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  • Alistair Tait

Rare chance for Scottish Open to shine

If there’s a positive to come out of this coronavirus mess for the Scottish Open then it’s the fact it takes centre stage this week. It doesn’t have to lie in the shadow of the Open Championship as it has in previous years.

Sponsor Aberdeen Standards Investments will hopefully get as much bang as possible for investing $7 million into the event.

The Scottish Open should be one of the greatest tournaments on the European Tour schedule for obvious reasons. Or maybe reason: it’s held in the Home of Golf, where the game began, in a country with so many great courses it’s hard to travel along either coastline without stumbling across one.

Yet every year the Scottish Open just seems like a the warm up act to the main attraction that is the Open Championship. Despite what some competitors say about the Scottish Open being a big championship in its own right, it never really feels that way. Almost everyone concerned takes part with one eye firmly on the following week.

Often times it seems the majority of players use the event as a practice tournament for The Open. That’s perhaps understandable given so few tournaments these days are played on traditional links. Players talking about enjoying the chance to play bump and run shots, knock down shots and hoping for a wee breeze to help prepare for the winds they anticipate in the Open Championship.

It’s one reason players like Rory McIlroy, Henrik Stenson, Ricky Fowler, Justin Thomas, Phil Mickelson and others add the Scottish to their schedule. Sadly, the coronavirus and the cancellation of The Open has meant such name players have not made the trip to the Renaissance Club in North Berwick this week. Albeit McIlroy and Stenson may have another reason, as you’ll discover below.

Still, in Ian Poulter, Lee Westwood, Tommy Fleetwood, Martin Kaymer, Danny Willett, Matt Wallace, Graeme McDowell, Eddie Pepperell, Padraig Harrington, Thomas Bjorn, Miguel Angel Jimenez, defending champion Bernd Wiesberger, and home favourites Paul Lawrie and Robert Macintyre, the tournament has enough star attractions to garner a lot of eyes from golf fans, both at home and around the world.

One of the big question marks this week will be whether the course presents a stiffer test than last year. McIlroy, Harrington, Stenson and Thomas were among the critics who said the course was too easy, not linksy enough and therefore not ideal preparation for the following week’s Open Championship at Royal Portrush.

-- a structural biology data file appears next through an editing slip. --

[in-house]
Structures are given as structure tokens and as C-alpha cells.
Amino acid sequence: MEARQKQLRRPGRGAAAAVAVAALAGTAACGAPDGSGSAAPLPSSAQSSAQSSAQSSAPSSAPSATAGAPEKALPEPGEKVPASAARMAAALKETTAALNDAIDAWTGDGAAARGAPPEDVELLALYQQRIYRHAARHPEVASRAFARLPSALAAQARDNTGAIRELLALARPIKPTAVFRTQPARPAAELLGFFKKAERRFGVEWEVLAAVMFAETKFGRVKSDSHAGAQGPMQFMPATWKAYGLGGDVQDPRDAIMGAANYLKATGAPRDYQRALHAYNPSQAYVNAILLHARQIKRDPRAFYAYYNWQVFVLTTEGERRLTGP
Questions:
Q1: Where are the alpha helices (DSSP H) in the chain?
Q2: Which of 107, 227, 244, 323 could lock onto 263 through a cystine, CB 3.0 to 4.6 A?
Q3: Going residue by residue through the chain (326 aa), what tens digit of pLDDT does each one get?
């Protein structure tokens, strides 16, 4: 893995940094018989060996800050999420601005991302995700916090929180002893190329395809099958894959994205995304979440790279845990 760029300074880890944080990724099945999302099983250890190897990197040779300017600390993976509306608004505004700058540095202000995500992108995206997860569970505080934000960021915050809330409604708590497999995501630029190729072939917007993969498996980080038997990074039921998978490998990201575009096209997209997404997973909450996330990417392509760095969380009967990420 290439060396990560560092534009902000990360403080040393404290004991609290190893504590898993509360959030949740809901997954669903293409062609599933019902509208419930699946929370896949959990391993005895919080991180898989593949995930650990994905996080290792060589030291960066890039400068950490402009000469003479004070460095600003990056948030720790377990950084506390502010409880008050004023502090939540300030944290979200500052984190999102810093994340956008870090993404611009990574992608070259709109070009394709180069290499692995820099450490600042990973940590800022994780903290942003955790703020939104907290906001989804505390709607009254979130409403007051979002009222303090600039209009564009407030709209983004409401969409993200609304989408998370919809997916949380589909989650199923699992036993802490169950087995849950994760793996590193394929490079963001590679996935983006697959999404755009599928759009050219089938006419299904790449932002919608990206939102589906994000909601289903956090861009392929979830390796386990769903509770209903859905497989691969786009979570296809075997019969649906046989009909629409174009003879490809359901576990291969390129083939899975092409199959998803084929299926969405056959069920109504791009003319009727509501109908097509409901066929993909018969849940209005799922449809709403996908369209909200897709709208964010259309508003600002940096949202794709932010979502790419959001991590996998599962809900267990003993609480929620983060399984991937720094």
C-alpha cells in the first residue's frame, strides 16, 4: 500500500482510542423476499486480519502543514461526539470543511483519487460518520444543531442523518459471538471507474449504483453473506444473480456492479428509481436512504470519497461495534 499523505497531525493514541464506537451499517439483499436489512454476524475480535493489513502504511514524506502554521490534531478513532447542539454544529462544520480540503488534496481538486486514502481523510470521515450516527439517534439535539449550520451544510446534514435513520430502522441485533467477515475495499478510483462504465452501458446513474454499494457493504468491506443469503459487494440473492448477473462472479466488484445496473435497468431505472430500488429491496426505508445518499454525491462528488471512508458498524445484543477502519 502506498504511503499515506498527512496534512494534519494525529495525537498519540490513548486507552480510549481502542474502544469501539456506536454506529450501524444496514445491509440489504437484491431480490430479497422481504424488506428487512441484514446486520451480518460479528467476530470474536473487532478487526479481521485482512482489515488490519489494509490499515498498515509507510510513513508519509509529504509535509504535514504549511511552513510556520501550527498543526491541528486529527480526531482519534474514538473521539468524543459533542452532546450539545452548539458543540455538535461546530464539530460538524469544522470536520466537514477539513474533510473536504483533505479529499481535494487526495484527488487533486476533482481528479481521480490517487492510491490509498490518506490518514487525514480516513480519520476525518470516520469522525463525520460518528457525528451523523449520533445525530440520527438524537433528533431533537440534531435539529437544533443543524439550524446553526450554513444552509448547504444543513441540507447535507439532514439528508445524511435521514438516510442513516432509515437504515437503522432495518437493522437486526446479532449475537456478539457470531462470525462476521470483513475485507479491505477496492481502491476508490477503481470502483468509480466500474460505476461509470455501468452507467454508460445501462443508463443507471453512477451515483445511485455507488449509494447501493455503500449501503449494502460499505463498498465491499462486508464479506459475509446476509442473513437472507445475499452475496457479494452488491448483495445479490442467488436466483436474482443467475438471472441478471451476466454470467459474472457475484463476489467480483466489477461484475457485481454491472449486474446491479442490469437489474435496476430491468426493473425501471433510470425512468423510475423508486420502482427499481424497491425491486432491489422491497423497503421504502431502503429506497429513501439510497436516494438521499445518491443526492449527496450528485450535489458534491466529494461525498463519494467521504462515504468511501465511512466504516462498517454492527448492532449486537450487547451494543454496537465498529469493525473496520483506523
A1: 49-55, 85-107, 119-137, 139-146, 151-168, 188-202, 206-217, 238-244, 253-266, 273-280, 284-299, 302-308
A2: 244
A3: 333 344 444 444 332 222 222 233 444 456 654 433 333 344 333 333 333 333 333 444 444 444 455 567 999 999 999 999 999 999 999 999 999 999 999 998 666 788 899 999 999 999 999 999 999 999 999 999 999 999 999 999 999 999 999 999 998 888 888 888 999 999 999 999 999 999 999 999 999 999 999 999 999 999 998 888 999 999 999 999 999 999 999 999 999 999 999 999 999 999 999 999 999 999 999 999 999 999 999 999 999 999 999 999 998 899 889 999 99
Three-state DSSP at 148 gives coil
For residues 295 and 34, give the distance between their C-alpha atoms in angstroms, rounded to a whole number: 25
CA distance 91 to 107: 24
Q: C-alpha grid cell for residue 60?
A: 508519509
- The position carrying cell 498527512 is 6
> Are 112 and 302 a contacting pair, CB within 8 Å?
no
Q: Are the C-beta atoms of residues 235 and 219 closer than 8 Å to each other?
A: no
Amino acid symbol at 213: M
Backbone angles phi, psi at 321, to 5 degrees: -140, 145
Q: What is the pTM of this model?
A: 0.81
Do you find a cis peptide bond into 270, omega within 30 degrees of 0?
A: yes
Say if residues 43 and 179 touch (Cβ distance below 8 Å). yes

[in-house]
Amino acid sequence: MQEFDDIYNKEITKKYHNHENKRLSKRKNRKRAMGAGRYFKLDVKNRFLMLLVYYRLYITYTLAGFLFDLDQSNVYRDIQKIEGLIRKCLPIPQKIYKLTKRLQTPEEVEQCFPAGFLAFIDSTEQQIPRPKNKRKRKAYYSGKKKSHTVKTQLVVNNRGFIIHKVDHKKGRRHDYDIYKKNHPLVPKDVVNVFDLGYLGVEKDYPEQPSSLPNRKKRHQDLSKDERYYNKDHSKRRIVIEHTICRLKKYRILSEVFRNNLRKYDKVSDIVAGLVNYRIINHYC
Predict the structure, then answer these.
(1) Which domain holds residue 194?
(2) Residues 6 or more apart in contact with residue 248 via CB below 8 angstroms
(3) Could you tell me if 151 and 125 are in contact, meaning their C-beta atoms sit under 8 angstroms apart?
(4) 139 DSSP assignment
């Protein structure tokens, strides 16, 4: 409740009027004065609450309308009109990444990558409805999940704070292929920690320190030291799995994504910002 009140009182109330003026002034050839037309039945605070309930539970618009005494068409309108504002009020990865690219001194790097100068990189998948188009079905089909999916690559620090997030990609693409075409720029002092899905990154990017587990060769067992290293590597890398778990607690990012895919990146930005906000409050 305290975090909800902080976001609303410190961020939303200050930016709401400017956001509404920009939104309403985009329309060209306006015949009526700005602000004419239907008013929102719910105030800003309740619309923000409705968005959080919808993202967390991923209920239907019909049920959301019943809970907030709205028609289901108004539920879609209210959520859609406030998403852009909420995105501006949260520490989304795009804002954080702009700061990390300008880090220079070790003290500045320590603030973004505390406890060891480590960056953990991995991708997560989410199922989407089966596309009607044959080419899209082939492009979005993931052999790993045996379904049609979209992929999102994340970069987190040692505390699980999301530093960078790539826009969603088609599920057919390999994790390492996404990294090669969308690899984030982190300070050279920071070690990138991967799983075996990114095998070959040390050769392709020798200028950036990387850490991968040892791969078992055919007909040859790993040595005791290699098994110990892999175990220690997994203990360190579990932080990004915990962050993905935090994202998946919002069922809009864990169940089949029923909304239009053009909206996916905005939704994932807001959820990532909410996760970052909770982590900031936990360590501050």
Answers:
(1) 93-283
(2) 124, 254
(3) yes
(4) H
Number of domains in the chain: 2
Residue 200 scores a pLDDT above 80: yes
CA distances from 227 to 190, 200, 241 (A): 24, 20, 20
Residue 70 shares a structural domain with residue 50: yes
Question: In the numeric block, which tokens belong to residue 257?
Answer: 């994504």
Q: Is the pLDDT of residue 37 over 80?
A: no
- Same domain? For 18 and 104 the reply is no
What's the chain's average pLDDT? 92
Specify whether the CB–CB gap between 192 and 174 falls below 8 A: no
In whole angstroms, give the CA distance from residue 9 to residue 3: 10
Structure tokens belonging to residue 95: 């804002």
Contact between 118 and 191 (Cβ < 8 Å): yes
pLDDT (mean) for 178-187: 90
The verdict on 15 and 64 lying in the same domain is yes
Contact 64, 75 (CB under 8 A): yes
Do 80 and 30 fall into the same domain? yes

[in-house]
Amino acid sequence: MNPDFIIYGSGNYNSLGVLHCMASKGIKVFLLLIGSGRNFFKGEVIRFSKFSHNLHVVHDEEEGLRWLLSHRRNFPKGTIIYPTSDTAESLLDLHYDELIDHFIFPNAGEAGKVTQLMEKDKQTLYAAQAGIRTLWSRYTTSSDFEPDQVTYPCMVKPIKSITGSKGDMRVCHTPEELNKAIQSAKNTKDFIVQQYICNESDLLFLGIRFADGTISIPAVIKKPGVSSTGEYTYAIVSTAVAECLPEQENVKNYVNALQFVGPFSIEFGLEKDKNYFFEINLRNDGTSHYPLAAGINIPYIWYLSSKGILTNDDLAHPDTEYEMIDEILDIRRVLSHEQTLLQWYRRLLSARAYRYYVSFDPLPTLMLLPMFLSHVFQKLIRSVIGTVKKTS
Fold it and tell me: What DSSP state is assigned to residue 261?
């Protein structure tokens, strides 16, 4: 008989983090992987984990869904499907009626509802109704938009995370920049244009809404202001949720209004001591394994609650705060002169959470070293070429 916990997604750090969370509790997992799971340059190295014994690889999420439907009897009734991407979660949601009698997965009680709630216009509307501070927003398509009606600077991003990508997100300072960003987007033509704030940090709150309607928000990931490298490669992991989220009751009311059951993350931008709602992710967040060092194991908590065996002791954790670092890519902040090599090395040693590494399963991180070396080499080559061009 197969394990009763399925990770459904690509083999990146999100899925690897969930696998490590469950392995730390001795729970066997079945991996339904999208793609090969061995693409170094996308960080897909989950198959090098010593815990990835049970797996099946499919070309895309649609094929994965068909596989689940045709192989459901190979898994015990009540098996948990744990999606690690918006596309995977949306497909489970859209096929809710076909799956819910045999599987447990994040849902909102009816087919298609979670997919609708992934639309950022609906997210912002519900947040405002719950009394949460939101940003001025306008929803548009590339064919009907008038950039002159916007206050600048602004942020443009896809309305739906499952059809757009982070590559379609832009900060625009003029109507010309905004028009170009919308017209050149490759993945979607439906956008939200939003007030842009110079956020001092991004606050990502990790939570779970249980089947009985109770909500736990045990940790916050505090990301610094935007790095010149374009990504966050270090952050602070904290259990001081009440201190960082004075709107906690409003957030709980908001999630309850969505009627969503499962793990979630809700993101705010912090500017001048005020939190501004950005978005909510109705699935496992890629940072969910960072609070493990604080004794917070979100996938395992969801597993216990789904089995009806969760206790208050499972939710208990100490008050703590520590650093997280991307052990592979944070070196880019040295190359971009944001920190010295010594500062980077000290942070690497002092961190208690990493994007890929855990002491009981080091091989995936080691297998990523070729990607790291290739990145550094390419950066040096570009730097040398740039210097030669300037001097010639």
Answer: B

McIlroy finished T34 on 13-under, nine shots behind Wiesberger and wasn’t a happy bunny when he finished. It wasn’t ideal preparation for trying to win The Open in his homeland. He said:

“I would have liked to have seen it a little more difficult. I’d say if the greens were a foot quicker it would just make a world of difference because you’re not getting punished for missing green on the wrong side. It doesn’t challenge you enough when you miss second shots.”

Stenson was another left feeling short changed on his Open Championship preparation. When asked if the course was a good rehearsal for Royal Portrush, the 2016 Champion Golfer of the Year said:

“No. It is a nice piece of land. The design is not what we are used to seeing when we are talking links.”

Harrington was slightly more diplomatic.

“I like the venue and I like the golf course. It’s nearly too nice a venue, maybe a trickier, more linksy golf course would offer better preparation for next week."

Thomas agreed:

“It’s the modern style of links. It isn’t near as linksy as a lot of courses over here.”

Maybe the frustration came from playing a course lying in the shadow of Muirfield, the world’s greatest links. Maybe there's a deeper, underlying frustration that Scotland's national championship isn't always played on the country's greatest links. After all, Muirfield has never staged the Scottish Open, nor Royal Troon or Turnberry. St Andrews hasn't hosted the event since 1973, while Carnoustie (pictured) has been host venue just twice, in 1995 and 1996.

To be fair to the European Tour, heavy rain in the build up to last year's event made the course softer than it should have been. Four days of little wind didn’t help either. Changes have been made this year to make sure there isn’t a repeat of Wiesberger’s 22-under winning total. Hopefully this year provides a proper test for a proper national championship.

This is a rare chance for the Scottish Open to proudly stand on its own two feet. Just as it should every year.

#JustSaying: “In Britain, you skip the ball, hop it, bump it, run it, hit on top of it and then hope for the right bounce.” Doug Sanders

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